How do I pass down my New Jersey business to family?

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How Do I Pass Down My New Jersey Business To Family

If you own a business in the Garden State and you want to pass it on to your family members as part of your estate plan, you need to consider some key steps and concepts. New Jersey business succession planning is the process of preparing for the transfer of ownership and management of your business when you retire, die or become incapacitated.

Identify your goals and objectives

What do you want to achieve with your business succession plan? Do you want to keep the business in the family, sell it to a third party or liquidate it? Who do you want to inherit your business interests and how much control do you want them to have? How do you want to minimize taxes and maximize the value of your business? Before beginning your succession planning, you need to identify your goals and objectives.

Evaluate your business structure and value

How is your business organized? Is it a sole proprietorship, partnership, corporation or a limited liability company? How will your business structure affect the transfer of ownership and management? How much is your business worth and how can you determine its fair market value? If you cannot answer these questions yourself, you may need help from your estate planning attorney or your accountant/CPA.

Selecting your successors

Choose your successors and train them. Who will take over your role as the owner and manager of your business? Do you have family members who are interested and qualified to run the business? How will you prepare them for their new responsibilities and ensure a smooth transition? How will you communicate your succession plan to your employees, customers, suppliers and other stakeholders? Work this out now, and make sure the people you want to take over want to take over and know how to take over.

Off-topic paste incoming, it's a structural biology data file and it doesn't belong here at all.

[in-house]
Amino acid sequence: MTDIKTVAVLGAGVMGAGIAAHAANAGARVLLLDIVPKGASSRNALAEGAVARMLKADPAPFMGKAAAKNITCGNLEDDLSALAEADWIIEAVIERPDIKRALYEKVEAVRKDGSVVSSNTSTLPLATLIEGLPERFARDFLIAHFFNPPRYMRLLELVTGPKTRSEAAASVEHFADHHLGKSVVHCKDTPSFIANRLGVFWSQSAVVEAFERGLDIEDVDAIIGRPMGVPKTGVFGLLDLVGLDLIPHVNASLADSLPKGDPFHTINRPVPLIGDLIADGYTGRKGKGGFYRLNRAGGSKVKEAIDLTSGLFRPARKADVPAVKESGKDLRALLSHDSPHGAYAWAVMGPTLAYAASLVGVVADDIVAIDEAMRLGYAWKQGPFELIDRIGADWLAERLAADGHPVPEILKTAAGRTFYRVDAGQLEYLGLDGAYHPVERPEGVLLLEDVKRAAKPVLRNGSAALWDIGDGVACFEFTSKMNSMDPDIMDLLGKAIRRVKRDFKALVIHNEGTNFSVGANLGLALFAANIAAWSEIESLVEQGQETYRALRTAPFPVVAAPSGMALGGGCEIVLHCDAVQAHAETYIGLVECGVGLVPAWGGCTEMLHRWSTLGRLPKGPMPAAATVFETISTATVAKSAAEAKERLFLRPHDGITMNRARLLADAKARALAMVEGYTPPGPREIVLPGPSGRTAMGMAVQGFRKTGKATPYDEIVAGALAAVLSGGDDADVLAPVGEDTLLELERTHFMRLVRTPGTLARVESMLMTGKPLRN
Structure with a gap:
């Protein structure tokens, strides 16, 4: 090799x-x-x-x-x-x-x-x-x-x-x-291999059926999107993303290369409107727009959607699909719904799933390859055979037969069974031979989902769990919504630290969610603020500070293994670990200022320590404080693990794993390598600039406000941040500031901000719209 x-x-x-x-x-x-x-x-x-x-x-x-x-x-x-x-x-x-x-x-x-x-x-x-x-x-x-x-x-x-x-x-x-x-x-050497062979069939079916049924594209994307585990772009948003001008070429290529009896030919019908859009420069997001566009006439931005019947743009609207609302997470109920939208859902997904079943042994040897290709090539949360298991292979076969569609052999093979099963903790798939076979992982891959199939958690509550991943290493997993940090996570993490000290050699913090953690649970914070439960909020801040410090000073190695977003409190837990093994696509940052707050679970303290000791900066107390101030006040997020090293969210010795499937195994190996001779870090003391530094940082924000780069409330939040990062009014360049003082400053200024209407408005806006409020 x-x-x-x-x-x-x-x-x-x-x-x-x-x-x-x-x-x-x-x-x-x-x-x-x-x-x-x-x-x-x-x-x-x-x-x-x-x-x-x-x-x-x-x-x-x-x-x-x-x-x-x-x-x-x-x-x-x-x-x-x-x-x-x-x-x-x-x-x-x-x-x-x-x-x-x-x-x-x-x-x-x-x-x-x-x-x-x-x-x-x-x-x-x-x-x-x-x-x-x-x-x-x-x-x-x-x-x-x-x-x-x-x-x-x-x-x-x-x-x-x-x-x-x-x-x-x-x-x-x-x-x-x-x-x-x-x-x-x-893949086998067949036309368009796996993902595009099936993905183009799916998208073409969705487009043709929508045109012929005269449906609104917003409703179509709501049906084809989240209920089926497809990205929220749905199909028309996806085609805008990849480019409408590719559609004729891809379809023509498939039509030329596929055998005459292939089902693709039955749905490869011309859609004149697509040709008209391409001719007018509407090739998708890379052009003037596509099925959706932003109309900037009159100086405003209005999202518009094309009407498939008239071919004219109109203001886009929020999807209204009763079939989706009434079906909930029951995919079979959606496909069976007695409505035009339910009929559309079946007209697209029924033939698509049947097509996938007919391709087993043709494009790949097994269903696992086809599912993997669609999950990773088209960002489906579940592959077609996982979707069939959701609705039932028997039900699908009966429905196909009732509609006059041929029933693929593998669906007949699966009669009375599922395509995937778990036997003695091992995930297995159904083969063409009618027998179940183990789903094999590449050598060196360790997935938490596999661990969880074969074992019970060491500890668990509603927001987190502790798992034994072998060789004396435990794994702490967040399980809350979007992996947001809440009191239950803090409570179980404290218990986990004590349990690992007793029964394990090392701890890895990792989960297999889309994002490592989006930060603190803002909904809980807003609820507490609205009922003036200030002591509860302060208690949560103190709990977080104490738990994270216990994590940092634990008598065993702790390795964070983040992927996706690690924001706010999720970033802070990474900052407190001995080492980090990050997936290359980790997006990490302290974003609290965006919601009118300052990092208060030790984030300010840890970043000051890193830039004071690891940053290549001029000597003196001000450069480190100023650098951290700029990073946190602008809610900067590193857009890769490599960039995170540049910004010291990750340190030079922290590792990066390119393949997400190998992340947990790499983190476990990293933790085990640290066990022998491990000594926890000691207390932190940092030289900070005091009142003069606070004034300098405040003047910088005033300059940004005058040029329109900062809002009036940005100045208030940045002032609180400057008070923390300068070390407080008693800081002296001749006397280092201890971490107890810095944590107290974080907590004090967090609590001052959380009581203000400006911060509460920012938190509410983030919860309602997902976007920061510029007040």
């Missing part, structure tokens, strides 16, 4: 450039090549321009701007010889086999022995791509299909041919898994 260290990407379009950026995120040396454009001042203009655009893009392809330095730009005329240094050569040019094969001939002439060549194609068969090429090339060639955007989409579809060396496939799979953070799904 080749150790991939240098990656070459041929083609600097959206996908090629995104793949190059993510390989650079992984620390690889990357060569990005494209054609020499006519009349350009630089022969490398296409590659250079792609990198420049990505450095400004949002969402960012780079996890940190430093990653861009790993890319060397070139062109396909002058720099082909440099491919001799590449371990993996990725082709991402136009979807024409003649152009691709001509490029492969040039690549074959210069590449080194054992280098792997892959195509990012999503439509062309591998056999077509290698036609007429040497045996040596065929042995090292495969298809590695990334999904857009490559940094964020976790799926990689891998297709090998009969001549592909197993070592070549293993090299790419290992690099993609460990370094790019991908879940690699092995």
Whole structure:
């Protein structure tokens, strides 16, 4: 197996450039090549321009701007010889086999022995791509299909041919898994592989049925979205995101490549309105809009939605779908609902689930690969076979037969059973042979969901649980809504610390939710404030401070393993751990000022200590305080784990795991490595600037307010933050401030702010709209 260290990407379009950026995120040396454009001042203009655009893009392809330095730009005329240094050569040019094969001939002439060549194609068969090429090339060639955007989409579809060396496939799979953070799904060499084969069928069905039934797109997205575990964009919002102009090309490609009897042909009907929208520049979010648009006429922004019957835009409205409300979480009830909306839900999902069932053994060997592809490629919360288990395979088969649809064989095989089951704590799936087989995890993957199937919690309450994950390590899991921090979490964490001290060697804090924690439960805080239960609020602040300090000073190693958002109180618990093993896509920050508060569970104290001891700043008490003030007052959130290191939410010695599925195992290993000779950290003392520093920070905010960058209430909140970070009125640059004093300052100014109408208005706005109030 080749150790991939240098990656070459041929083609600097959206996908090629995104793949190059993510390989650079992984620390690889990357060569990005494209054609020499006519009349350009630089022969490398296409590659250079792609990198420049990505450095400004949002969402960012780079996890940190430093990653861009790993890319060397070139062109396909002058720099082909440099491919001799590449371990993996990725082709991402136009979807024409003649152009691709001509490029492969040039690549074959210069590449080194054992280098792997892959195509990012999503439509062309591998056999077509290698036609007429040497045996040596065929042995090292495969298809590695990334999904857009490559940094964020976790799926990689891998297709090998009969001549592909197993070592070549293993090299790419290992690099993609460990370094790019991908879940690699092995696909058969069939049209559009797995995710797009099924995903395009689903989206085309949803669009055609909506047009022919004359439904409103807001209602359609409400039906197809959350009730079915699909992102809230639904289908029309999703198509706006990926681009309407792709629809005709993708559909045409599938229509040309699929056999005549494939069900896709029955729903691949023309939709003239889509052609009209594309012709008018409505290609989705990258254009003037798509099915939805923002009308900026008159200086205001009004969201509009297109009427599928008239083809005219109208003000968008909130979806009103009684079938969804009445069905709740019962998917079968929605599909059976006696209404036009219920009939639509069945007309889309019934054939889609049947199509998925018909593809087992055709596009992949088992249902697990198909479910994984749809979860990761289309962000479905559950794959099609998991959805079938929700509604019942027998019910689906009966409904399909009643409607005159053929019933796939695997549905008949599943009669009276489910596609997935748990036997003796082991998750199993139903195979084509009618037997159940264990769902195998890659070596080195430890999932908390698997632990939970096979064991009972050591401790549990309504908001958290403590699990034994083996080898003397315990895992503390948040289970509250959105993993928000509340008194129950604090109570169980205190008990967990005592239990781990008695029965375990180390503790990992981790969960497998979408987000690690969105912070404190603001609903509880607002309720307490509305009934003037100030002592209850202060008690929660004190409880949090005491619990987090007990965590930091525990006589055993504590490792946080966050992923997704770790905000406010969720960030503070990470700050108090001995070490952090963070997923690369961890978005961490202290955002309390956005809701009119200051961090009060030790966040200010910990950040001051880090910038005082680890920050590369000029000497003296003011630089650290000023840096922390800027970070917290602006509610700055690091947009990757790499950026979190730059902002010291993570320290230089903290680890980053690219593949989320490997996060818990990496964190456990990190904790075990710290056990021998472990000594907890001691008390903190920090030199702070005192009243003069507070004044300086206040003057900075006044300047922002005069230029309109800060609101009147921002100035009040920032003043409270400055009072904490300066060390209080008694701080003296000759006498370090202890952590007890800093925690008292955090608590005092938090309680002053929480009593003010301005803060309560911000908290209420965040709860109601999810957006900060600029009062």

Draft and execute your legal documents. What legal documents do you need to implement your business succession plan? Depending on your business structure and goals, you may need a buy-sell agreement, will, trust, power of attorney, living will and other documents. You should consult with an experienced attorney who can help you draft and execute these documents according to New Jersey law.

Regular updates

Review and update your plan regularly. Your business succession plan is not a one-time event. You should review and update it periodically to reflect any changes in your personal or business circumstances, such as marriage, divorce, birth, death, disability, retirement, growth, decline or tax law changes. Business succession planning is a complex and important process that requires careful planning and professional guidance.


Michael Ritigstein is a Founding Partner of the firm concentrating his efforts in supporting the firm's litigation, corporate and estate matters. Mr. Ritigstein graduated from the University of Delaware in 1996 and Seton Hall University School of Law in 2000. In 2007 he received a Masters of Law in Taxation with a concentration in Estate Planning, from Temple University's Beasley School of Law.

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